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INDIANAPOLIS — Tom Jernstedt, a member of the Naismith Hall of Fame for his contributions to college basketball and the NCAA Tournament, has died. He was 75.

The NCAA said Sunday Jernstedt died this weekend.

Nicknamed “Father of the Final Four,” Jernstedt has widely been credited with transforming the NCAA Tournament into the billion-dollar March Madness it has become today.

“A decade after his departure from the NCAA, Tom Jernstedt’s fingertips remain visible during March Madness and the Final Four,” NCAA senior vice president Dan Gavitt said in a statement. “His innovation and superb ability to develop relationships turned a basketball tournament into a three-week phenomenon that became a global event.”

A former back-up quarterback, Jernstedt worked his first Final Four in 1973 and helped push the growth of the NCAA Tournament from 25 teams to the 68, anything-can-happen bonanza held every spring.

Jernstedt helped the NCAA increase its television contract from just over $1 million to more than $10 billion when he left in 2011. He served as president of USA Basketball, was a member of the College Football Selection committee and was inducted into the Naismith Hall of Fame as a contributor in 2017.

“Tom Jernstedt was a humble and unsung steward of the game,” John L. Doleva, president and CEO of the Basketball Hall of Fame, said in a statement. “Under his direction, the NCAA Men’s Basketball Tournament grew into a phenomenon that brings college basketball fans together on a global scale. He will forever be remembered as the Father of the Final Four and one of the most respected leaders in basketball.”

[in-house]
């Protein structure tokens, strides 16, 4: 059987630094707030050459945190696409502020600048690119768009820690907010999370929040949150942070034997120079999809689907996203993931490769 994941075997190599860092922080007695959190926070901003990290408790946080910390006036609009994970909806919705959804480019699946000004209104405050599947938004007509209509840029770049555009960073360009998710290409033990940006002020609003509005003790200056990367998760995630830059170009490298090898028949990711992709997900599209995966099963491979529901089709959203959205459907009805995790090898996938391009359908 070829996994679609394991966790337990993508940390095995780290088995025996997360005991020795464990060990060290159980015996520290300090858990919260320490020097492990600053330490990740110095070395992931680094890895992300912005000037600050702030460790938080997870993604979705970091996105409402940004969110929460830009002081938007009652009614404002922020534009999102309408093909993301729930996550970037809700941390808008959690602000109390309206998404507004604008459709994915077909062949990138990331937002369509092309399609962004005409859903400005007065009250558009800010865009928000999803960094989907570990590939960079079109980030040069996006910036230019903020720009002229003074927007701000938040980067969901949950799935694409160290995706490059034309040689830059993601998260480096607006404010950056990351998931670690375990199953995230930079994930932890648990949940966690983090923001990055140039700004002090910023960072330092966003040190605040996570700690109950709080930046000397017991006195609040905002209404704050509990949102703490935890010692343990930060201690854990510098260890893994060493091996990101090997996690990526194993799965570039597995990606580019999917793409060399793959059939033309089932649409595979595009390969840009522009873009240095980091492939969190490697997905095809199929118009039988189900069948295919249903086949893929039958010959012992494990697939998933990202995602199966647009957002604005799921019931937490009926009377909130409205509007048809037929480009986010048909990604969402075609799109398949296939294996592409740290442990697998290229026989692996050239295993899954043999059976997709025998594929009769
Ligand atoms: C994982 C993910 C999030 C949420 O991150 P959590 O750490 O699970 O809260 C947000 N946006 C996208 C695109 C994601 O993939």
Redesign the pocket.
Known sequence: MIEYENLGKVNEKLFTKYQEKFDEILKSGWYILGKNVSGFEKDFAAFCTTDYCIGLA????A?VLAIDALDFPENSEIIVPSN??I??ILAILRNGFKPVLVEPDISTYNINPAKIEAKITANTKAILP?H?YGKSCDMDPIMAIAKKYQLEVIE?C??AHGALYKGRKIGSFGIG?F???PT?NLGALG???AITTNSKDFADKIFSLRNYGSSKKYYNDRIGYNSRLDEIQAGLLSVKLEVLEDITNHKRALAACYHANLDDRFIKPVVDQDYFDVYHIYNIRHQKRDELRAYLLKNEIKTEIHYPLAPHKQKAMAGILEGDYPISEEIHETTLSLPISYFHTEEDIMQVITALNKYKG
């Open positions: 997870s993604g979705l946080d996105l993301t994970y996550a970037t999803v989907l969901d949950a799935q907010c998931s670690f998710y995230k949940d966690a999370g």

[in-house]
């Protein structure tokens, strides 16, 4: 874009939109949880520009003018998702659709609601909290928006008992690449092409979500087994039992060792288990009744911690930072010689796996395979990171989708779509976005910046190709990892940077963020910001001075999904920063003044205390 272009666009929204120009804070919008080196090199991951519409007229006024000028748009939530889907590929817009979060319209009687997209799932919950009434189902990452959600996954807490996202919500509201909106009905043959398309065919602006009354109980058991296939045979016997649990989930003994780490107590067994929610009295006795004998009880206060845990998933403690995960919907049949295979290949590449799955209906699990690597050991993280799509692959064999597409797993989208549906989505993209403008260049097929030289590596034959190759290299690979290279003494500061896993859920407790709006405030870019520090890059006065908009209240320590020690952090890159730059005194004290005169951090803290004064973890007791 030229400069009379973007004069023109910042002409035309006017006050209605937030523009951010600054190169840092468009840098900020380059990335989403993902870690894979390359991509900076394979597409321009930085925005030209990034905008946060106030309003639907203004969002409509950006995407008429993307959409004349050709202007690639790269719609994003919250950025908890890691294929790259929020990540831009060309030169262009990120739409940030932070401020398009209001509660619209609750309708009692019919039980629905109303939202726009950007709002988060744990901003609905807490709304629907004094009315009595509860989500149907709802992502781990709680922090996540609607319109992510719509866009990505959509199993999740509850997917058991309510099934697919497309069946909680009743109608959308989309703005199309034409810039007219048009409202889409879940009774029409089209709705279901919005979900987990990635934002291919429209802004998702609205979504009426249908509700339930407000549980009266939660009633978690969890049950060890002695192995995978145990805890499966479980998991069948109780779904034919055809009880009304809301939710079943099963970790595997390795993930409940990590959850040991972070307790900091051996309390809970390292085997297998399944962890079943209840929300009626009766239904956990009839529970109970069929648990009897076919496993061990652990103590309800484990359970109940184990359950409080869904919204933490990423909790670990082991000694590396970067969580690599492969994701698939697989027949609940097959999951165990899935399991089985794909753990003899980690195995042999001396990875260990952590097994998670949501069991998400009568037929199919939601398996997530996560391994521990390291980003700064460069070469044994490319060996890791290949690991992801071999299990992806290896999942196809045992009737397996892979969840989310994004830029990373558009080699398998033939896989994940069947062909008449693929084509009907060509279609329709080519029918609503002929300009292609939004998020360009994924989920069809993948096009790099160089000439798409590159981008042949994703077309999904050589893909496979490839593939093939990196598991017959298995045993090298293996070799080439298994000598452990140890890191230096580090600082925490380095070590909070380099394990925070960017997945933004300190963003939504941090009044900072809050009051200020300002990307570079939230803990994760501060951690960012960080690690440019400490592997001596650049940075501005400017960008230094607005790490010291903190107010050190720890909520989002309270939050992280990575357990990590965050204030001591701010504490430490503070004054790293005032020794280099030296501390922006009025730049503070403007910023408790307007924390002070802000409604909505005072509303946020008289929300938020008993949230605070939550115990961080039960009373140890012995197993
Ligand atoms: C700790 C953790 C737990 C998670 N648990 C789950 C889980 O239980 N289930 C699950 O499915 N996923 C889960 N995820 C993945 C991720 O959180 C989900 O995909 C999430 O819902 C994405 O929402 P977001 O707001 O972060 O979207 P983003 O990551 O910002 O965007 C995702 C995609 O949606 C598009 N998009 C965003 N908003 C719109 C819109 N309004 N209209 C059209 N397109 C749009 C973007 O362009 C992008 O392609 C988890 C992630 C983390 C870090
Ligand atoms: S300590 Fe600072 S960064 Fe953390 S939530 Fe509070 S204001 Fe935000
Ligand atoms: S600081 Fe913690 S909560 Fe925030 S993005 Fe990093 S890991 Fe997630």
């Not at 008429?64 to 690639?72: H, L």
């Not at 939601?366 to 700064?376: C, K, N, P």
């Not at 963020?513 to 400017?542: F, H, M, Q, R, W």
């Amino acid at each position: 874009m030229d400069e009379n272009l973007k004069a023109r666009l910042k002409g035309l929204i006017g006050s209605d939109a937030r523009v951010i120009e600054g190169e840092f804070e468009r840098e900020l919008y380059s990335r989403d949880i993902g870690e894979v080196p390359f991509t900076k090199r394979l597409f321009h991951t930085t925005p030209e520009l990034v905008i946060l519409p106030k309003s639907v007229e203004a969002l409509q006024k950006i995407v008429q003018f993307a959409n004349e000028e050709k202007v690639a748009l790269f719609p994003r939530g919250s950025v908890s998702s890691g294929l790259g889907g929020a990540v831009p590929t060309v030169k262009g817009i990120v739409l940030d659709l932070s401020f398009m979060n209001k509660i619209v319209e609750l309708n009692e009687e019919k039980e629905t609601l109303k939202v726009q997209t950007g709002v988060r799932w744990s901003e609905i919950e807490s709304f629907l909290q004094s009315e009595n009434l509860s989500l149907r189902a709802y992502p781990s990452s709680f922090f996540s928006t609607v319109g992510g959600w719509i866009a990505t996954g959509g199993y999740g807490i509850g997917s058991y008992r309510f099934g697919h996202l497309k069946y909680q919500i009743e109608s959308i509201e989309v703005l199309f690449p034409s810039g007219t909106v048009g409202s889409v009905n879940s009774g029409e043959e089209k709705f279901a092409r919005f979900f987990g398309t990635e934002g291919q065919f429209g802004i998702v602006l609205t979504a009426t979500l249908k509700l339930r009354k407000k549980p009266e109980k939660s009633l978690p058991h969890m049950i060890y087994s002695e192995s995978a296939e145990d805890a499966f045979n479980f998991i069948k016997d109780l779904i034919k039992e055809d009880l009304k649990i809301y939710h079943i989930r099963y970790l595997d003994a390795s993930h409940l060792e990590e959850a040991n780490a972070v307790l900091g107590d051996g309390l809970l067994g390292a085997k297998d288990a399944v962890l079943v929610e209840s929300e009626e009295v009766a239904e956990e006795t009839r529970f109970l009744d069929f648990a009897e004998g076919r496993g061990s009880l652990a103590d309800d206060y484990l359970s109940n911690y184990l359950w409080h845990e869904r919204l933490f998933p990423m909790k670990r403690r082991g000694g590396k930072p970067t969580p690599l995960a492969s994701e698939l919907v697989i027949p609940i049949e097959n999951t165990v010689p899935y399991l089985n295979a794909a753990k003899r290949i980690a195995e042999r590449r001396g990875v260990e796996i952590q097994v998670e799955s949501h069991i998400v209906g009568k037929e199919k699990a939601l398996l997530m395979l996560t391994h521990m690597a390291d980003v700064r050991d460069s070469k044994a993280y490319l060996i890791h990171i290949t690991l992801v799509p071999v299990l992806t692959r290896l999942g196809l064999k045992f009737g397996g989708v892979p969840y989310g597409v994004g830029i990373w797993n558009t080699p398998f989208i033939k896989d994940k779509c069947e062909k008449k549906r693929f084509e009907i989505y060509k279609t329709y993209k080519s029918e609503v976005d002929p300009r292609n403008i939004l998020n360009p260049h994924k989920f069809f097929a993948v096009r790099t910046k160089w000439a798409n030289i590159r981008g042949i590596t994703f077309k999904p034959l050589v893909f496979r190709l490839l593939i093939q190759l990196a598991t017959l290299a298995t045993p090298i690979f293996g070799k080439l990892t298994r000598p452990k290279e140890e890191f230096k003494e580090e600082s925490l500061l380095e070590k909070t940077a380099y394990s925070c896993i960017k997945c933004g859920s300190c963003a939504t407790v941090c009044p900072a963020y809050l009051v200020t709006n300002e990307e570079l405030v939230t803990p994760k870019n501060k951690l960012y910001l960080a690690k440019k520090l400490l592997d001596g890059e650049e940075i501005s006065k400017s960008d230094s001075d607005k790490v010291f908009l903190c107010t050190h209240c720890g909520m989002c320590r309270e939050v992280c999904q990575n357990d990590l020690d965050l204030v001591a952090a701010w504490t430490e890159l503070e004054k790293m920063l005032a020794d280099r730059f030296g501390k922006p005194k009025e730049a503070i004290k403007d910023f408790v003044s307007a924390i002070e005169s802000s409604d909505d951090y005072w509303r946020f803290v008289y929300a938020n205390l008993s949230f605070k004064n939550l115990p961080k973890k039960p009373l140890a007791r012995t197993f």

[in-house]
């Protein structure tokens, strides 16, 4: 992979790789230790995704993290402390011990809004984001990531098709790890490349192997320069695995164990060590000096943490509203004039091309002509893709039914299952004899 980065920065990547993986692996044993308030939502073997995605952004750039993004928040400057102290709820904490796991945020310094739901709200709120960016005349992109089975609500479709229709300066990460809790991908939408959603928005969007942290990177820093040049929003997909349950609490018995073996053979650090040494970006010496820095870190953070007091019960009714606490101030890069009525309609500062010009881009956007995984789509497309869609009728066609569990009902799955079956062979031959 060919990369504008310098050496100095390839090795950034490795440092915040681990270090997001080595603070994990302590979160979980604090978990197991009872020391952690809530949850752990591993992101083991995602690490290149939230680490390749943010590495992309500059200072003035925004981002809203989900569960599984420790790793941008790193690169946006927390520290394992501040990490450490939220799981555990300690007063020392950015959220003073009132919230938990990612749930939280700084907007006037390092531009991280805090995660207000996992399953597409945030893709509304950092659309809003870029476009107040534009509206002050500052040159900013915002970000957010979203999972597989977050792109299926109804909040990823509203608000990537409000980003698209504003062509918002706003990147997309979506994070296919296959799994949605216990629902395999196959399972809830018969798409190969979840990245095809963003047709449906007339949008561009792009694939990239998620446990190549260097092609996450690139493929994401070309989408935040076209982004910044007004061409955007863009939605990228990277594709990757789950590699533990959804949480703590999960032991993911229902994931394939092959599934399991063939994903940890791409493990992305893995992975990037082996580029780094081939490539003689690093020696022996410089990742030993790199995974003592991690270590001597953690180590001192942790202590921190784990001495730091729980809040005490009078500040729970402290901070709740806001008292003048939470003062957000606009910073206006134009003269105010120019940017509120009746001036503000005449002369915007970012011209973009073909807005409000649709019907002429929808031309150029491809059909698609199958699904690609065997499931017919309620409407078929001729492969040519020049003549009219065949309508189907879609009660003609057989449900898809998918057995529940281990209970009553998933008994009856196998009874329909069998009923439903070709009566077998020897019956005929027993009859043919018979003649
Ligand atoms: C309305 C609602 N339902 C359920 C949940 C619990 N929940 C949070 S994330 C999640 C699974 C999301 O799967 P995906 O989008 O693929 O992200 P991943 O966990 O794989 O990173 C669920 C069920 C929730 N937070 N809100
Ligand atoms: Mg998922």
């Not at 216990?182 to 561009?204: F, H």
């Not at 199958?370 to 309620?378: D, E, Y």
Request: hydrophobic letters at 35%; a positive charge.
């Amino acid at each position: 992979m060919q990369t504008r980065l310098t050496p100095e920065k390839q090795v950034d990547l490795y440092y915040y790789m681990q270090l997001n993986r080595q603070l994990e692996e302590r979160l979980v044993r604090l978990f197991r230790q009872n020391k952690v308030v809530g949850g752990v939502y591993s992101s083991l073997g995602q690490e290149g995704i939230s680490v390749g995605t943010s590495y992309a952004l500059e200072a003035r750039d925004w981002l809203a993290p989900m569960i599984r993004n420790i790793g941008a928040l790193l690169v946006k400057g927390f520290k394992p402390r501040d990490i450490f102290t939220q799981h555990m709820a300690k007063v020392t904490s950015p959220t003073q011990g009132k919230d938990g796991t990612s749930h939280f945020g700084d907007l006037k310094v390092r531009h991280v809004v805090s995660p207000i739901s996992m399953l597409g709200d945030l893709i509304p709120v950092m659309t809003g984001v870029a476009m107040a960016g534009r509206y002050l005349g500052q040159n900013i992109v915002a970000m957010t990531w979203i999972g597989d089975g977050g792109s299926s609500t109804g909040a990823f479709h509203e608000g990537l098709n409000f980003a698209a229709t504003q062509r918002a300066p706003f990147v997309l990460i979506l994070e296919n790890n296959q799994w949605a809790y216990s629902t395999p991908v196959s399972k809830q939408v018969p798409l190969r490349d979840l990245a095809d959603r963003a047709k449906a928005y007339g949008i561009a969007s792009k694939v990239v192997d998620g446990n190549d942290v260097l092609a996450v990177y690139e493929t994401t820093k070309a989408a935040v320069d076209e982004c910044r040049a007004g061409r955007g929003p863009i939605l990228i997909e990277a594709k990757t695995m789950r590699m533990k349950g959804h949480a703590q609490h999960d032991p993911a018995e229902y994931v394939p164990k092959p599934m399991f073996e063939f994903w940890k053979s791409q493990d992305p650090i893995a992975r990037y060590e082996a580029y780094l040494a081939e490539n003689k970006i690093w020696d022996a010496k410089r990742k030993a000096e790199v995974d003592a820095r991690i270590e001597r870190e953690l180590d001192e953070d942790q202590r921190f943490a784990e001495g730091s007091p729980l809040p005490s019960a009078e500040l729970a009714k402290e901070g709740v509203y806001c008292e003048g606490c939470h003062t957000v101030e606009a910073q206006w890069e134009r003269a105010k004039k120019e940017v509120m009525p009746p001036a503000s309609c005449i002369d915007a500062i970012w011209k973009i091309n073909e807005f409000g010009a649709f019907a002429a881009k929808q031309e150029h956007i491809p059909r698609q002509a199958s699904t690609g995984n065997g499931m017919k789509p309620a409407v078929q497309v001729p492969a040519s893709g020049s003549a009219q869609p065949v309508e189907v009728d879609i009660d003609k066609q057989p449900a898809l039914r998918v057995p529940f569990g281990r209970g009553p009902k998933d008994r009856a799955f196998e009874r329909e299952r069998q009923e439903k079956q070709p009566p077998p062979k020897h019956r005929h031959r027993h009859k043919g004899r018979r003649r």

Jernstedt established himself as a team leader despite being a backup quarterback at Oregon from 1964-66 and went on to serve as the Ducks’ events manager. He joined the NCAA in 1972 and spent 38 years with the organization.

“Tom served as a friend and mentor to countless people in and around collegiate athletics, and I’m proud to be among that vast group of people,” Gavitt said. “His legacy within the NCAA and its membership, and his impact on the sport of college basketball, is eternal. We extend our deepest condolences to Tom’s family.”

Aztecs extend Brian Dutcher’s contract 3 years through 2026

Orlando Ramirez-USA TODAY Sports
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SAN DIEGO — San Diego State basketball coach Brian Dutcher has signed a three-year contract extension through the 2025-26 season.

Dutcher signed the deal following one of the most successful seasons in school history. The Aztecs went 30-2, won the Mountain West regular-season title and were expected to be a No. 1 or 2 seed before the NCAA Tournament was canceled due to the coronavirus pandemic. They opened the season 26-0 and were the nation’s last undefeated team.

“Having spent more than 20 years at San Diego State University I understand what a special place this is,” Dutcher said in a statement Friday. “I am humbled and honored to continue to represent SDSU and Aztec Basketball as its head coach.”

Dutcher is 73-26 in three seasons, the most victories by an Aztecs coach in his first three seasons. He spent 18 seasons as Steve Fisher’s top assistant, including six as associate head coach/head coach in waiting. He took over as head coach after Fisher retired following the 2016-17 season. The Aztecs reached the NCAA Tournament in his first season.

Before that, he spent 10 seasons with Fisher at Michigan. In Dutcher’s first season with the Wolverines, Fisher was promoted to interim head coach on the eve of the NCAA Tournament and won the national championship.

Indiana halts all voluntary workouts

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Indiana has halted all voluntary workouts indefinitely for its men’s basketball, field hockey, men’s soccer and wrestling teams after 14 participants tested positive for the coronavirus this week.

The Hoosiers did not identify which teams recorded the positive tests. The football team, like other Big Ten programs, is not playing this fall. Indiana said 63 positives have been reported from more than 1,400 tests of athletes, coaches and staff since June 8.

“Our athletic program is following strict protocols during these unprecedented times and we strongly support our medical staff as we try and mitigate this issue,” men’s basketball coach Archie Miller said.